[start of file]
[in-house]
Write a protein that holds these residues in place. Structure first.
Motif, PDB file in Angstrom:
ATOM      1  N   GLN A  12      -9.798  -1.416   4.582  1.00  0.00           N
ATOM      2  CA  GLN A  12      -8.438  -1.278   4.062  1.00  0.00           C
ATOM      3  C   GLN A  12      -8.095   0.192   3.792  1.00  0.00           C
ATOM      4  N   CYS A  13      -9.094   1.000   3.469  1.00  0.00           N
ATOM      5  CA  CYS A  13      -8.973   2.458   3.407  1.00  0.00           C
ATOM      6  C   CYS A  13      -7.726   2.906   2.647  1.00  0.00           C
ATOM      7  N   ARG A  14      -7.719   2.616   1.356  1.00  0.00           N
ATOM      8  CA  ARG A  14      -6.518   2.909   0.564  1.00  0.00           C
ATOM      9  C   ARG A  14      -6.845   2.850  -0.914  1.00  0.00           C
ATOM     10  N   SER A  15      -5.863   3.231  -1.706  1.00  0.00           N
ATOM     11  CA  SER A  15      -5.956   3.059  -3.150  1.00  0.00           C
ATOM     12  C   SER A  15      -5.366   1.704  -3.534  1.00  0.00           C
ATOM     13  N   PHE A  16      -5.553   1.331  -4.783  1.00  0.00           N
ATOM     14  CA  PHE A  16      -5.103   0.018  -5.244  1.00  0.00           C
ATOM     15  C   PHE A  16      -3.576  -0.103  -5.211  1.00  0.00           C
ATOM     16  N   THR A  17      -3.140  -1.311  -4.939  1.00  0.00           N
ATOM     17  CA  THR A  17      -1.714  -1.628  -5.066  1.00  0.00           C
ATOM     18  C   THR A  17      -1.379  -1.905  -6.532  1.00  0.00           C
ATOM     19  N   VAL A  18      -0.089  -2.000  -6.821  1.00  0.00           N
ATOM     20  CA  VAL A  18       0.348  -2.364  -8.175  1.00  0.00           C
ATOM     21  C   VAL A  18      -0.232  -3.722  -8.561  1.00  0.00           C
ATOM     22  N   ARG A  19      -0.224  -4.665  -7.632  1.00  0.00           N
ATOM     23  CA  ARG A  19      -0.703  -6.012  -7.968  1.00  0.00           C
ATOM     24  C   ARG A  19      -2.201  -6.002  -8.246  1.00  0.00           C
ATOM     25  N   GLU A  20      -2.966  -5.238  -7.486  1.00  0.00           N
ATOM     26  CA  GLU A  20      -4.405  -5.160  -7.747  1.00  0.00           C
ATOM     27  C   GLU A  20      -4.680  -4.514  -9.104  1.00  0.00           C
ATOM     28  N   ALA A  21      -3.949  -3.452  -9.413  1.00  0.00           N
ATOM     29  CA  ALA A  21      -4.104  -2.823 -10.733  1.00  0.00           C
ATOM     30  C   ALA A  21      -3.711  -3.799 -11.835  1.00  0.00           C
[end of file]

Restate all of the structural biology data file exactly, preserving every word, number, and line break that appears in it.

[in-house]
Write a protein that holds these residues in place. Structure first.
Motif, PDB file in Angstrom:
ATOM      1  N   GLN A  12      -9.798  -1.416   4.582  1.00  0.00           N
ATOM      2  CA  GLN A  12      -8.438  -1.278   4.062  1.00  0.00           C
ATOM      3  C   GLN A  12      -8.095   0.192   3.792  1.00  0.00           C
ATOM      4  N   CYS A  13      -9.094   1.000   3.469  1.00  0.00           N
ATOM      5  CA  CYS A  13      -8.973   2.458   3.407  1.00  0.00           C
ATOM      6  C   CYS A  13      -7.726   2.906   2.647  1.00  0.00           C
ATOM      7  N   ARG A  14      -7.719   2.616   1.356  1.00  0.00           N
ATOM      8  CA  ARG A  14      -6.518   2.909   0.564  1.00  0.00           C
ATOM      9  C   ARG A  14      -6.845   2.850  -0.914  1.00  0.00           C
ATOM     10  N   SER A  15      -5.863   3.231  -1.706  1.00  0.00           N
ATOM     11  CA  SER A  15      -5.956   3.059  -3.150  1.00  0.00           C
ATOM     12  C   SER A  15      -5.366   1.704  -3.534  1.00  0.00           C
ATOM     13  N   PHE A  16      -5.553   1.331  -4.783  1.00  0.00           N
ATOM     14  CA  PHE A  16      -5.103   0.018  -5.244  1.00  0.00           C
ATOM     15  C   PHE A  16      -3.576  -0.103  -5.211  1.00  0.00           C
ATOM     16  N   THR A  17      -3.140  -1.311  -4.939  1.00  0.00           N
ATOM     17  CA  THR A  17      -1.714  -1.628  -5.066  1.00  0.00           C
ATOM     18  C   THR A  17      -1.379  -1.905  -6.532  1.00  0.00           C
ATOM     19  N   VAL A  18      -0.089  -2.000  -6.821  1.00  0.00           N
ATOM     20  CA  VAL A  18       0.348  -2.364  -8.175  1.00  0.00           C
ATOM     21  C   VAL A  18      -0.232  -3.722  -8.561  1.00  0.00           C
ATOM     22  N   ARG A  19      -0.224  -4.665  -7.632  1.00  0.00           N
ATOM     23  CA  ARG A  19      -0.703  -6.012  -7.968  1.00  0.00           C
ATOM     24  C   ARG A  19      -2.201  -6.002  -8.246  1.00  0.00           C
ATOM     25  N   GLU A  20      -2.966  -5.238  -7.486  1.00  0.00           N
ATOM     26  CA  GLU A  20      -4.405  -5.160  -7.747  1.00  0.00           C
ATOM     27  C   GLU A  20      -4.680  -4.514  -9.104  1.00  0.00           C
ATOM     28  N   ALA A  21      -3.949  -3.452  -9.413  1.00  0.00           N
ATOM     29  CA  ALA A  21      -4.104  -2.823 -10.733  1.00  0.00           C
ATOM     30  C   ALA A  21      -3.711  -3.799 -11.835  1.00  0.00           C